Starter Code

mywhich.c is given to you with an incomplete main function that handles the case when mywhich is invoked with no arguments. You should first read and understand this code, work out how to change/extend it to suit your needs, and finally add comments to document your strategy.

Note that you can (and are encouraged to!) change code in mywhich as you wish, to decompose it, etc. Your goal should be to have your main function act as a concise summary of your overall program.

Some concepts to think about when looking over the code:

  • When applied to an array, the sizeof operator conveniently returns the actual size of the array. However, as soon as that array is passed as a parameter (it becomes a pointer to the first element) or as soon as we create a pointer to any of its elements, sizeof of that pointer will return 8 bytes instead of the array size because a pointer is 8 bytes. Additionally, note that the array size is not necessarily the same as the string length if it is a string.
  • If the user's environment does not contain a value for MYPATH, what does mywhich use instead?
  • How does a client properly use scan_token? (see sample uses in both tokenize.c and mywhich.c)
  • Do you see anything unexpected or erroneous? We intend for our code to be bug-free; if you find otherwise, please let us know!

The code we provide has been stripped of its comments and it's your job to provide the missing documentation.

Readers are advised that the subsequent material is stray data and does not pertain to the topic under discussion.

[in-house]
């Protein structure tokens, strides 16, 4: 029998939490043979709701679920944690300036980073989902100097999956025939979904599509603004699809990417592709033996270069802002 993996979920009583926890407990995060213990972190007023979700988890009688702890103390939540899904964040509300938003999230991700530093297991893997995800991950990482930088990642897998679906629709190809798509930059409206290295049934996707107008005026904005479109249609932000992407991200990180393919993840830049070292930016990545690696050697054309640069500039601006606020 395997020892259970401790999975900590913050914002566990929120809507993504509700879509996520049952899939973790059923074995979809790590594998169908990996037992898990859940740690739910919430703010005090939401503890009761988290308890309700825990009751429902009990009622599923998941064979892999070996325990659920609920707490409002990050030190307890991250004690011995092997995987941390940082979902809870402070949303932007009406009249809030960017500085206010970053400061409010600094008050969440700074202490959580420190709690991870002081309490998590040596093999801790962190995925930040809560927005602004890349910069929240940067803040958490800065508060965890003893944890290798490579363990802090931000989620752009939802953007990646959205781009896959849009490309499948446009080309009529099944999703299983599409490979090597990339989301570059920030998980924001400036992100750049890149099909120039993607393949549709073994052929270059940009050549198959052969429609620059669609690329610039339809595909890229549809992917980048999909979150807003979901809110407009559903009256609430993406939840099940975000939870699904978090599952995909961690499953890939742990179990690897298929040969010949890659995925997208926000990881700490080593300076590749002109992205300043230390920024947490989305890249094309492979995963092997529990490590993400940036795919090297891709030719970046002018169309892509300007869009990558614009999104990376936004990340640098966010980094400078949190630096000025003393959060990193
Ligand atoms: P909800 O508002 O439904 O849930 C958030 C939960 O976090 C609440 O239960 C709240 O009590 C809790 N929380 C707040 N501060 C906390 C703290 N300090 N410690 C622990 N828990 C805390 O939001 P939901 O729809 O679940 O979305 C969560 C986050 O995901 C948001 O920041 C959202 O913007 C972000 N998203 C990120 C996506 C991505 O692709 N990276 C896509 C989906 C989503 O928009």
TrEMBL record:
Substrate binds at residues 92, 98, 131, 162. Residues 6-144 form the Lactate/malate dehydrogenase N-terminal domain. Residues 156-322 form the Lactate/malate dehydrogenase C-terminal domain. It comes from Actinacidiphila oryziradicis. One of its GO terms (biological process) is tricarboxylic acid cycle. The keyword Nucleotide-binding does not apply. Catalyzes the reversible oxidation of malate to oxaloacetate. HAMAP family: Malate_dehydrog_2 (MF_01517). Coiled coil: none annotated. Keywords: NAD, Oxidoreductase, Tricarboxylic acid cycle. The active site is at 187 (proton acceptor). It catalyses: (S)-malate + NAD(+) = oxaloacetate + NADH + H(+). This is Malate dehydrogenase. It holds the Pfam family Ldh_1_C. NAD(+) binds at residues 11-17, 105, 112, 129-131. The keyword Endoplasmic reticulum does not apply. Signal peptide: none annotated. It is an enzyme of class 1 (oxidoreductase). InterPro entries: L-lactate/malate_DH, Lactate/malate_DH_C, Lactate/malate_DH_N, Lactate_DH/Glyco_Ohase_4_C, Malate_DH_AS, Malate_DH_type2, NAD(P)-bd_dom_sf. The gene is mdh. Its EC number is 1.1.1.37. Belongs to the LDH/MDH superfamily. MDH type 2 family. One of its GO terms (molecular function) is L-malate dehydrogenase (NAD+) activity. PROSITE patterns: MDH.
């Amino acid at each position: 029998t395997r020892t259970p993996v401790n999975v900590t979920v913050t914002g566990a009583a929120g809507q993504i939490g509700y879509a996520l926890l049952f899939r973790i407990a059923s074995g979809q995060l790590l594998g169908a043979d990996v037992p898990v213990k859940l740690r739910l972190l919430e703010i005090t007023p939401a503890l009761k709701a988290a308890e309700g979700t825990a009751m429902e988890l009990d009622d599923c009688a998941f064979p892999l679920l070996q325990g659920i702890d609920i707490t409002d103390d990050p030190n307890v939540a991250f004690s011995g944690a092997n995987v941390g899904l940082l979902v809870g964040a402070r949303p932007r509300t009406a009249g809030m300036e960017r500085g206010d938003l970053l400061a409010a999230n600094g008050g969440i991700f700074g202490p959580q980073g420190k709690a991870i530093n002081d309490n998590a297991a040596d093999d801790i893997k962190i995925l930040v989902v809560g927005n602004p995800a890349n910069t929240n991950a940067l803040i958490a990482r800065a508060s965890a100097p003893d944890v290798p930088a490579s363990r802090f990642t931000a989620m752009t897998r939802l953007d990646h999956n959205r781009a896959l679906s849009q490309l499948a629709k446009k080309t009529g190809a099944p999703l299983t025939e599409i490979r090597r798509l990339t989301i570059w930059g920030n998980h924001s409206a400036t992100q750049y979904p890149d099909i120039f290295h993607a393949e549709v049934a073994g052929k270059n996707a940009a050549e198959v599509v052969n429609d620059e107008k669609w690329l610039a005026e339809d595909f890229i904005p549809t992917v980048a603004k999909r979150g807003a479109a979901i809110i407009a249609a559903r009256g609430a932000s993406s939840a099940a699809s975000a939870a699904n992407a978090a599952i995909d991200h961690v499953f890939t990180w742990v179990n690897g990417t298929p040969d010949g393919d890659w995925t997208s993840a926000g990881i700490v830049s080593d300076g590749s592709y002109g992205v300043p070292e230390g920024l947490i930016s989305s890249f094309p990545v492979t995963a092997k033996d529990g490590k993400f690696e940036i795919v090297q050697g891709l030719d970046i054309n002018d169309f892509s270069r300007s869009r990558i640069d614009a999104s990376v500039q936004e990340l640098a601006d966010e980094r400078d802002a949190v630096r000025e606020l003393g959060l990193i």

The program should be implemented as follows:

  1. If there are no command line arguments, the program prints the directories in the search path, one directory per line. This is already implemented for you in the starter code.
  2. If there are command line arguments, the program searches for a matching executable for each argument in the order they were specified, and prints the full path to the first matching executable it finds or nothing if no match was found. To do this, for each argument:
    • Take the specified path (the value for MYPATH, if it exists, or for PATH otherwise) and tokenize it using your scan_token function and a buffer of size PATH_MAX. PATH_MAX is the system's limit on the maximum length of a full path (including the null terminator). for each token (which is a single directory path):
      • use that large buffer to construct the full path: e.g. if the token is /usr/local/bin and the executable name is emacs, you want to construct the path /usr/local/bin/emacs. You may assume the constructed path will fit in the PATH_MAX-sized buffer.
      • use the access function to check if that executable path is valid.
        • If it is, print out that path and move on to processing the next command line argument.
        • If it's not, try searching again with the next token